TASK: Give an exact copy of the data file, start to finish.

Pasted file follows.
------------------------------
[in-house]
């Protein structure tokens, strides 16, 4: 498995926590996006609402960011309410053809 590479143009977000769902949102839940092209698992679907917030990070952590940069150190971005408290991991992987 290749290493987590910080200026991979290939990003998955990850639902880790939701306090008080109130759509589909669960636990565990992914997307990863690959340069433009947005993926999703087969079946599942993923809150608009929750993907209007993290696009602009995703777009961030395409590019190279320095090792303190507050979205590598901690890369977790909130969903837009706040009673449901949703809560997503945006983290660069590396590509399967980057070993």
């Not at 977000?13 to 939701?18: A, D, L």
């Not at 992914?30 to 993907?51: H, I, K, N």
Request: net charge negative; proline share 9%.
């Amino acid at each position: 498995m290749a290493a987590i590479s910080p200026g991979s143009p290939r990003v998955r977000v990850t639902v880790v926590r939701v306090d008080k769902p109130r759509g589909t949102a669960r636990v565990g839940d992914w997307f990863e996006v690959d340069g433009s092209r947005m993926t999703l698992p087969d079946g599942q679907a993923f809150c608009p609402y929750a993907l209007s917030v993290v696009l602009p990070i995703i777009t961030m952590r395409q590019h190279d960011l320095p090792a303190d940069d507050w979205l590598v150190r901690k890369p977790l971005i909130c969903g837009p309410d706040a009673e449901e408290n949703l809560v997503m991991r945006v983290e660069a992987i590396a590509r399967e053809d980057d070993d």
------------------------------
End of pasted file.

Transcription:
[in-house]
């Protein structure tokens, strides 16, 4: 498995926590996006609402960011309410053809 590479143009977000769902949102839940092209698992679907917030990070952590940069150190971005408290991991992987 290749290493987590910080200026991979290939990003998955990850639902880790939701306090008080109130759509589909669960636990565990992914997307990863690959340069433009947005993926999703087969079946599942993923809150608009929750993907209007993290696009602009995703777009961030395409590019190279320095090792303190507050979205590598901690890369977790909130969903837009706040009673449901949703809560997503945006983290660069590396590509399967980057070993």
């Not at 977000?13 to 939701?18: A, D, L």
């Not at 992914?30 to 993907?51: H, I, K, N």
Request: net charge negative; proline share 9%.
């Amino acid at each position: 498995m290749a290493a987590i590479s910080p200026g991979s143009p290939r990003v998955r977000v990850t639902v880790v926590r939701v306090d008080k769902p109130r759509g589909t949102a669960r636990v565990g839940d992914w997307f990863e996006v690959d340069g433009s092209r947005m993926t999703l698992p087969d079946g599942q679907a993923f809150c608009p609402y929750a993907l209007s917030v993290v696009l602009p990070i995703i777009t961030m952590r395409q590019h190279d960011l320095p090792a303190d940069d507050w979205l590598v150190r901690k890369p977790l971005i909130c969903g837009p309410d706040a009673e449901e408290n949703l809560v997503m991991r945006v983290e660069a992987i590396a590509r399967e053809d980057d070993d």